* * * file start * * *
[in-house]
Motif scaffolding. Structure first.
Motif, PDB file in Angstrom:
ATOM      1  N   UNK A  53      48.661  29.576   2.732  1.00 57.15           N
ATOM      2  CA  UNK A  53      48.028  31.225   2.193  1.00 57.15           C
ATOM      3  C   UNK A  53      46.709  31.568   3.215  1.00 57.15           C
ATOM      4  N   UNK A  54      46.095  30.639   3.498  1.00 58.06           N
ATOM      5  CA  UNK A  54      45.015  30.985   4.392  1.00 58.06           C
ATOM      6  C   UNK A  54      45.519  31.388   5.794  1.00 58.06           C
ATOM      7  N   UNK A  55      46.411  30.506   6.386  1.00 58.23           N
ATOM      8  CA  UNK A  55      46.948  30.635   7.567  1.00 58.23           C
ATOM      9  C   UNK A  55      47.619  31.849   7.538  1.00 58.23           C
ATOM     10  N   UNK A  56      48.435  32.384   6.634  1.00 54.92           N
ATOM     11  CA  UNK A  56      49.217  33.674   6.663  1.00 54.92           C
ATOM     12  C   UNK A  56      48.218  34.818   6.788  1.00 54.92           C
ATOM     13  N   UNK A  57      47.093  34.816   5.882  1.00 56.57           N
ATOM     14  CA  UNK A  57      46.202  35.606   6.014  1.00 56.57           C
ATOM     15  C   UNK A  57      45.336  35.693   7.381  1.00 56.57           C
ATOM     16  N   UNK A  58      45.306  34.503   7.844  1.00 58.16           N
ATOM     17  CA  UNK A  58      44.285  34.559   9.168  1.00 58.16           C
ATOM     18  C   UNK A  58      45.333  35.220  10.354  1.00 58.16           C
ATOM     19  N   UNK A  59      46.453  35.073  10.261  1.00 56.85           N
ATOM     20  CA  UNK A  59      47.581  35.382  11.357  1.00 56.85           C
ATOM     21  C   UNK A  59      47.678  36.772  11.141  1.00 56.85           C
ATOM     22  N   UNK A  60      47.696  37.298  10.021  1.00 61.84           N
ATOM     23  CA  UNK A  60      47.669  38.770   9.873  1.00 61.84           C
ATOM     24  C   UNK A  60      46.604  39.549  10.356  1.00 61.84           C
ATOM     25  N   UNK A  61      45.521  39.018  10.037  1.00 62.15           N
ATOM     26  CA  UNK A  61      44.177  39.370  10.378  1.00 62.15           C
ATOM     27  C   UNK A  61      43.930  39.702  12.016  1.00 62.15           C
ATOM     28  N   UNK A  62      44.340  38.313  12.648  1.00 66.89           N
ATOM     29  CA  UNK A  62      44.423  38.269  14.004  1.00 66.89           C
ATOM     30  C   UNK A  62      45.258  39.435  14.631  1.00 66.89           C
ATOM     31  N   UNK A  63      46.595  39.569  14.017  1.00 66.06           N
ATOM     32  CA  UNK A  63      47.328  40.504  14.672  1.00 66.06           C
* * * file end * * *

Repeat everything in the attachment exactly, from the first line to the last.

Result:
[in-house]
Motif scaffolding. Structure first.
Motif, PDB file in Angstrom:
ATOM      1  N   UNK A  53      48.661  29.576   2.732  1.00 57.15           N
ATOM      2  CA  UNK A  53      48.028  31.225   2.193  1.00 57.15           C
ATOM      3  C   UNK A  53      46.709  31.568   3.215  1.00 57.15           C
ATOM      4  N   UNK A  54      46.095  30.639   3.498  1.00 58.06           N
ATOM      5  CA  UNK A  54      45.015  30.985   4.392  1.00 58.06           C
ATOM      6  C   UNK A  54      45.519  31.388   5.794  1.00 58.06           C
ATOM      7  N   UNK A  55      46.411  30.506   6.386  1.00 58.23           N
ATOM      8  CA  UNK A  55      46.948  30.635   7.567  1.00 58.23           C
ATOM      9  C   UNK A  55      47.619  31.849   7.538  1.00 58.23           C
ATOM     10  N   UNK A  56      48.435  32.384   6.634  1.00 54.92           N
ATOM     11  CA  UNK A  56      49.217  33.674   6.663  1.00 54.92           C
ATOM     12  C   UNK A  56      48.218  34.818   6.788  1.00 54.92           C
ATOM     13  N   UNK A  57      47.093  34.816   5.882  1.00 56.57           N
ATOM     14  CA  UNK A  57      46.202  35.606   6.014  1.00 56.57           C
ATOM     15  C   UNK A  57      45.336  35.693   7.381  1.00 56.57           C
ATOM     16  N   UNK A  58      45.306  34.503   7.844  1.00 58.16           N
ATOM     17  CA  UNK A  58      44.285  34.559   9.168  1.00 58.16           C
ATOM     18  C   UNK A  58      45.333  35.220  10.354  1.00 58.16           C
ATOM     19  N   UNK A  59      46.453  35.073  10.261  1.00 56.85           N
ATOM     20  CA  UNK A  59      47.581  35.382  11.357  1.00 56.85           C
ATOM     21  C   UNK A  59      47.678  36.772  11.141  1.00 56.85           C
ATOM     22  N   UNK A  60      47.696  37.298  10.021  1.00 61.84           N
ATOM     23  CA  UNK A  60      47.669  38.770   9.873  1.00 61.84           C
ATOM     24  C   UNK A  60      46.604  39.549  10.356  1.00 61.84           C
ATOM     25  N   UNK A  61      45.521  39.018  10.037  1.00 62.15           N
ATOM     26  CA  UNK A  61      44.177  39.370  10.378  1.00 62.15           C
ATOM     27  C   UNK A  61      43.930  39.702  12.016  1.00 62.15           C
ATOM     28  N   UNK A  62      44.340  38.313  12.648  1.00 66.89           N
ATOM     29  CA  UNK A  62      44.423  38.269  14.004  1.00 66.89           C
ATOM     30  C   UNK A  62      45.258  39.435  14.631  1.00 66.89           C
ATOM     31  N   UNK A  63      46.595  39.569  14.017  1.00 66.06           N
ATOM     32  CA  UNK A  63      47.328  40.504  14.672  1.00 66.06           C